This I think is the heart of the matter. Sky doesn't owe anyone TV reception. It is a commercial venture. If it pulls out of satellite it could save a hell of a lot on overheads. The minority of people in remote areas would still have Freeview satellite so it's not like they would be cut off from civilisation. Here is an added thought: Why have a dedicated satellite TV service at all? Why not just use satellite broadband for IPTV? At the rate communications technology is developing, it will be feasible soon, if it isn't already.

 

    





I reject your reality and substitute my own. - Adam Savage
 


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Reply # 1947855 28-Jan-2018 15:18
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Rikkitic:

 

Why not just use satellite broadband for IPTV? At the rate communications technology is developing, it will be feasible soon, if it isn't already.  

 

Noooooooooo..... there are already too many things in Space already after last weekend.


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  Reply # 1947861 28-Jan-2018 15:48
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Rikkitic:

 

tdgeek:

 

You cant keep satellite for a handful of users. Freeview is satellite, so they have TV

 

 

This I think is the heart of the matter. Sky doesn't owe anyone TV reception. It is a commercial venture. If it pulls out of satellite it could save a hell of a lot on overheads. The minority of people in remote areas would still have Freeview satellite so it's not like they would be cut off from civilisation. Here is an added thought: Why have a dedicated satellite TV service at all? Why not just use satellite broadband for IPTV? At the rate communications technology is developing, it will be feasible soon, if it isn't already.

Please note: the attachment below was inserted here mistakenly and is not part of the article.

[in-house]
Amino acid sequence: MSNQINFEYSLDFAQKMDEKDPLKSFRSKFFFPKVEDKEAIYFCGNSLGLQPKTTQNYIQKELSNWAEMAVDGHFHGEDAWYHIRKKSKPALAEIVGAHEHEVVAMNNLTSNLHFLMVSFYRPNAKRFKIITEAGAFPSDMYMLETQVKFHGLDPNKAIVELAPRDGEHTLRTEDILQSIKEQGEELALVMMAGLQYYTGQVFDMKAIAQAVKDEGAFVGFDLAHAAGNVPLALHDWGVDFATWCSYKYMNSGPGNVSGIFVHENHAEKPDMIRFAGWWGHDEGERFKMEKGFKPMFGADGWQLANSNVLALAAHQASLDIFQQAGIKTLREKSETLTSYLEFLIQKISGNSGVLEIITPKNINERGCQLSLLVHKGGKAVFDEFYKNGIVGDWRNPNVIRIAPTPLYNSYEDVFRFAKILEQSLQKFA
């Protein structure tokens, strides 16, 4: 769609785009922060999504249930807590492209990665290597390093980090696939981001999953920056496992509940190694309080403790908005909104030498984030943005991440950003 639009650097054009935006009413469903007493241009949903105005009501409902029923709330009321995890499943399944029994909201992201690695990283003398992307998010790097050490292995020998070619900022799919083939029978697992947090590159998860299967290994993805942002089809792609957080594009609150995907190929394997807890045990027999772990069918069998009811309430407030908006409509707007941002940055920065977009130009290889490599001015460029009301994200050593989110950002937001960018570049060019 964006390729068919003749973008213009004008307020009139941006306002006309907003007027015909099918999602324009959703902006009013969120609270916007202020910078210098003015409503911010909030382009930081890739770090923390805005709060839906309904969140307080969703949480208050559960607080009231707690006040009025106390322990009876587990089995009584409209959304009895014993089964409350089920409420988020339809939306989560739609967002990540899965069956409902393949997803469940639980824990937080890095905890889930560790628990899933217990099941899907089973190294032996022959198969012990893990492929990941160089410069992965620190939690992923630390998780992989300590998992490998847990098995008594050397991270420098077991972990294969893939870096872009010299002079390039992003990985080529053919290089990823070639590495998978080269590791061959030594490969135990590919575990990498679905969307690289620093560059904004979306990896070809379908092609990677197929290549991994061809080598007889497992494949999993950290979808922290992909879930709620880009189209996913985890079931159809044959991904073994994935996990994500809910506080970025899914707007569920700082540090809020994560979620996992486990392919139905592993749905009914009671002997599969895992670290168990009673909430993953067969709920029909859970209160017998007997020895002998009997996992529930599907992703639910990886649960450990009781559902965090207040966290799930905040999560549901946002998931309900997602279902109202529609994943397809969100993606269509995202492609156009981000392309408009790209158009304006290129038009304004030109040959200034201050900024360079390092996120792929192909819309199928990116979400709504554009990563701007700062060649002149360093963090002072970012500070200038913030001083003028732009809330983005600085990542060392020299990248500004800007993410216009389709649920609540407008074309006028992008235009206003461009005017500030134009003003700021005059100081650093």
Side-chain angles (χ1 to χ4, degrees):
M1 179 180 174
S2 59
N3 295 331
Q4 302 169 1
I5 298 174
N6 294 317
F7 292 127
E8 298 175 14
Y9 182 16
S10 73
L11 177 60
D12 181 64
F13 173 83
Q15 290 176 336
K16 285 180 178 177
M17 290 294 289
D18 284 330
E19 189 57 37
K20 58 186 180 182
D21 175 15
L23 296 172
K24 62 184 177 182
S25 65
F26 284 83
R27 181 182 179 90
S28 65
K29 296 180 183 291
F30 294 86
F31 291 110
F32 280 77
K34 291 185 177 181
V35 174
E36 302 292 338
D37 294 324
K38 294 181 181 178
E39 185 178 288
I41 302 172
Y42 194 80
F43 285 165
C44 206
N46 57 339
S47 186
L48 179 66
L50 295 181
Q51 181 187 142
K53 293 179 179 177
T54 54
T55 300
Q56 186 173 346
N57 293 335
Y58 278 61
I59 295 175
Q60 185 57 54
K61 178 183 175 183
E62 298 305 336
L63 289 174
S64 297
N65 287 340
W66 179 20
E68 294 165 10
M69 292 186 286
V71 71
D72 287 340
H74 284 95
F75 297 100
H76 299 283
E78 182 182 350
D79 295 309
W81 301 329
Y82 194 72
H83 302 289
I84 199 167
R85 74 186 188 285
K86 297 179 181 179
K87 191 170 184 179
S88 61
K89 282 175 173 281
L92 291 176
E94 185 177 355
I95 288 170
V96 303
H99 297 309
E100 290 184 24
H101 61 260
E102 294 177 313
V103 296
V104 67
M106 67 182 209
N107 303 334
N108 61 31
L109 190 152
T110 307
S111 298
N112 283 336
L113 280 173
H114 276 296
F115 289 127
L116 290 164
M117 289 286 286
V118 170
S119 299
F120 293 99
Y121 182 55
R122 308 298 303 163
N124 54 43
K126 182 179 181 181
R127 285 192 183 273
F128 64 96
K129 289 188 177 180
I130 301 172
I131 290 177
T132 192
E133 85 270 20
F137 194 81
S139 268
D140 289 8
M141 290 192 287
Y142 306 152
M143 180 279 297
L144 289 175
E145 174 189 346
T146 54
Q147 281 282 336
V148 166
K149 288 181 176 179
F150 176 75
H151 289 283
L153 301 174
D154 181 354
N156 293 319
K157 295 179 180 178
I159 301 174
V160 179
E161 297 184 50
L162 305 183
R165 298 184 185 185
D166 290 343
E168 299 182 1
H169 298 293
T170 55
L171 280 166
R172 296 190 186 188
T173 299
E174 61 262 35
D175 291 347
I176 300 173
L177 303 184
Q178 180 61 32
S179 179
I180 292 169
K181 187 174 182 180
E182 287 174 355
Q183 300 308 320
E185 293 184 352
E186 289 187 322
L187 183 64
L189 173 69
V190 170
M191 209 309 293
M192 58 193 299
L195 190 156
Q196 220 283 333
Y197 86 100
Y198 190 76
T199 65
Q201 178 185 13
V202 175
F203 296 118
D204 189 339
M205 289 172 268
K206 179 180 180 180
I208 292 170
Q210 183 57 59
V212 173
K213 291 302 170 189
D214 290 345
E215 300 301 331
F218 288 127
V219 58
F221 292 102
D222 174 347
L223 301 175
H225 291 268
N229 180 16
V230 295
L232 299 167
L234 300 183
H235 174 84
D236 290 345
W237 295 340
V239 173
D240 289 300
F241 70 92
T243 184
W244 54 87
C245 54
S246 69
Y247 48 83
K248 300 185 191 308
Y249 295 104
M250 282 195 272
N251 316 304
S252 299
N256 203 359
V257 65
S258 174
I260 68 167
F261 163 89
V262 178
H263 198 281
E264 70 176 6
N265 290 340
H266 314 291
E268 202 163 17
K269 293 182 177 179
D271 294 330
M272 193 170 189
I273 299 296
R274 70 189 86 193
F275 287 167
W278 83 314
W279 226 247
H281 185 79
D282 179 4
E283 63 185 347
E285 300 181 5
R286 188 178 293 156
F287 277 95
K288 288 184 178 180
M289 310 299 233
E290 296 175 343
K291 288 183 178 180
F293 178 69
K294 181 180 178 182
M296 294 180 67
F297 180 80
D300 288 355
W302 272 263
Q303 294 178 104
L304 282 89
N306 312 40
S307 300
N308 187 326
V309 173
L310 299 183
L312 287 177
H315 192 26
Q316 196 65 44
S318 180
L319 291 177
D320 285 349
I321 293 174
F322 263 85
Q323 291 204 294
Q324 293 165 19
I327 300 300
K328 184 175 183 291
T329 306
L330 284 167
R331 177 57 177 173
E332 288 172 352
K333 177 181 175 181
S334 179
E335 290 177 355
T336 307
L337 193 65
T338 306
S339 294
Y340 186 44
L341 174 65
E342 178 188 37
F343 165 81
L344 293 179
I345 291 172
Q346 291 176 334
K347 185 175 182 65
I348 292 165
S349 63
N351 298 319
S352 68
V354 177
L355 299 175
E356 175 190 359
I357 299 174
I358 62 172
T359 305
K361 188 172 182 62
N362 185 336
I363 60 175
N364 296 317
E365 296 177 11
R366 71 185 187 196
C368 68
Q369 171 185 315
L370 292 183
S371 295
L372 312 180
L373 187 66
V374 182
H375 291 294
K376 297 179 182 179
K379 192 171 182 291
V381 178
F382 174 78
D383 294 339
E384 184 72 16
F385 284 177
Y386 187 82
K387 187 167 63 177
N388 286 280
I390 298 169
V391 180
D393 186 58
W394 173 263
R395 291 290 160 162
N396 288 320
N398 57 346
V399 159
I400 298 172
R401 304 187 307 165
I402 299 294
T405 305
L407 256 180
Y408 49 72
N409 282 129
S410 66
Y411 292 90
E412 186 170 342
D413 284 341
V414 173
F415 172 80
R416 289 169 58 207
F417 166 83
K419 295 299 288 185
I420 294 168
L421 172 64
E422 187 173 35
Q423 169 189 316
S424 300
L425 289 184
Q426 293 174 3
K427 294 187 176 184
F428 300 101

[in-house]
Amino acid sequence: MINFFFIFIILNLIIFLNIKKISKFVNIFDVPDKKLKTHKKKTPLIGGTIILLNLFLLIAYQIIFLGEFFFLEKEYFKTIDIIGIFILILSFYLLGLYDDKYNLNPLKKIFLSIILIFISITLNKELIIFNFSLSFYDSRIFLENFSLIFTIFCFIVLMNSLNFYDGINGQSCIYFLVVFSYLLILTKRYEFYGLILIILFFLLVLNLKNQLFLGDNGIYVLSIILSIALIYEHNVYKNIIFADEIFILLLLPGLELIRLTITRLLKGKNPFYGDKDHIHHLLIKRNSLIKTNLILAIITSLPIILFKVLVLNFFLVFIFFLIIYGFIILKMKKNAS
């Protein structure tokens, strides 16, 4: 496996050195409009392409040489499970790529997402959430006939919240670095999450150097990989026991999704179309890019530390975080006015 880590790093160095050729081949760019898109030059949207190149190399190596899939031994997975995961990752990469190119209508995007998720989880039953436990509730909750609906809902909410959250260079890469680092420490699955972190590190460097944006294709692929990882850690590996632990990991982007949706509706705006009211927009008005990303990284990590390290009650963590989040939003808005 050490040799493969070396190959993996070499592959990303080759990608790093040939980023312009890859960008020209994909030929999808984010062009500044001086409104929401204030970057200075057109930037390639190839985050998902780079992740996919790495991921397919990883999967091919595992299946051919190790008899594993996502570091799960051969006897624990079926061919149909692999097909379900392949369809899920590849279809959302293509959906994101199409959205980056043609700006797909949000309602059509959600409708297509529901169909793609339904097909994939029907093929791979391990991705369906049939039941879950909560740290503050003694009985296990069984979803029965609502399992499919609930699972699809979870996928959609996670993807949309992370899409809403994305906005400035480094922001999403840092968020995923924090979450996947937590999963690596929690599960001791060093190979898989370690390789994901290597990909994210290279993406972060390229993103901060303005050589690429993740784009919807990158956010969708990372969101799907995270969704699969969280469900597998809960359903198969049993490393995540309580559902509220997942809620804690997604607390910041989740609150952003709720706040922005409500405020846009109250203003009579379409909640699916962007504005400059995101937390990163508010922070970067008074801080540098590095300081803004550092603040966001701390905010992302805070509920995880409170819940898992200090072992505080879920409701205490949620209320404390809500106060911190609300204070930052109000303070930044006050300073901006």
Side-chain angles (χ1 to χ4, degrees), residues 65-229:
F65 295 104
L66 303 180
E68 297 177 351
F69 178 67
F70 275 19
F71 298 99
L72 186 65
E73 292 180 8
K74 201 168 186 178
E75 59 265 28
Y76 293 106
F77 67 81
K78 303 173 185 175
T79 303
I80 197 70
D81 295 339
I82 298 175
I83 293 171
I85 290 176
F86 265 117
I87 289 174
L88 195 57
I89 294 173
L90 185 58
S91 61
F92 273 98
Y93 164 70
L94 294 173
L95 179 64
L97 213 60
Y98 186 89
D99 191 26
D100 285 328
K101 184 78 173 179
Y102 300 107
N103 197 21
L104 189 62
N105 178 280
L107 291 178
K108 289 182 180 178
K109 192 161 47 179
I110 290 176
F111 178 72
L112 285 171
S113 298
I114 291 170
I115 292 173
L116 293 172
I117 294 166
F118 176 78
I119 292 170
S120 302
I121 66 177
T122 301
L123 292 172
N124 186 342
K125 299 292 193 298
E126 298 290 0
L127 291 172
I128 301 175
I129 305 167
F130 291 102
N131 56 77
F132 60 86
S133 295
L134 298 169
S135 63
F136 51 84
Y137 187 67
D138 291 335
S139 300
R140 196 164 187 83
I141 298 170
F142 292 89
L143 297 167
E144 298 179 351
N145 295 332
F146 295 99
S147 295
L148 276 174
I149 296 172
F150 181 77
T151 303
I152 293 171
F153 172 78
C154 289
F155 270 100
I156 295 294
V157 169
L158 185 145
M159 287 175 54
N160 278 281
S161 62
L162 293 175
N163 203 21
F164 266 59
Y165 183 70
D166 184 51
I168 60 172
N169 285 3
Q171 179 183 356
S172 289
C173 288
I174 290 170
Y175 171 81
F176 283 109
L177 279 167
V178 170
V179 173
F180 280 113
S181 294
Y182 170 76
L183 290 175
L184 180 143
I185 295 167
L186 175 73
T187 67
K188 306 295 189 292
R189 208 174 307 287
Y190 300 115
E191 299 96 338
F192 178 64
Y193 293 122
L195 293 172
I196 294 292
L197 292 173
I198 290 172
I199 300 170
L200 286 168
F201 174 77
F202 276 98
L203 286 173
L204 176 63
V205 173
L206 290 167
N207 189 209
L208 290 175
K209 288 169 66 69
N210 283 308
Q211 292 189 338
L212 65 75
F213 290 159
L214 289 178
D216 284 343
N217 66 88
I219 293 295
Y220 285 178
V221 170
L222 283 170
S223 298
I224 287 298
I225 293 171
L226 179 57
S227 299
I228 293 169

Satellite connections have terrible latency and so suck for two way communication of data that requires fine tolerances.  DVB distribution over satellite is a fine system as its one to many and sent out only.  if you had to then communicate back to a server, it would add considerable time to the connection which can cause all sorts of problems with TCP/IP comms.


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  Reply # 1947863 28-Jan-2018 16:04
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And it’s altitude is 36000 km.

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  Reply # 1947898 28-Jan-2018 17:13
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Easy way to get more satellite capacity would be to stop broadcasting the freeview channels in HD, and just display the FTA SD streams instead.

As for advertising, most of the adds back when I had sky were simply promos for other programs on that channel. Meaning sky were not earning any extra revenue from running those adds. Yet were annoying their customers by keeping those adds


As for fibre, Sky will have to eventually move to full fibre distribution. As they don't have enough satellite capacity to even do HD properly. How are they going to eventually broadcast in UHD?





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  Reply # 1947900 28-Jan-2018 17:33
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Rikkitic: [snip]If it pulls out of satellite it could save a hell of a lot on overheads. The minority of people in remote areas would still have Freeview satellite so it's not like they would be cut off from civilisation.

 

Not for long they wouldn't. Sky pay for the bulk of the transponder space on Optus D1, with the Freeview transponders a minority. If Optus lost Sky as a customer on D1, Optus may move the satellite somewhere more profitable - bye bye TV for rural viewers.


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  Reply # 1947905 28-Jan-2018 17:48
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And in steps Rocket Lab with their super-cheap minisatellite launches. Yes, I know they are low orbit and not geostationary but technology doesn't stand still. Just because broadcast satellites used  to cost a fortune doesn't mean they always will. There are lots of alternatives in the pipeline.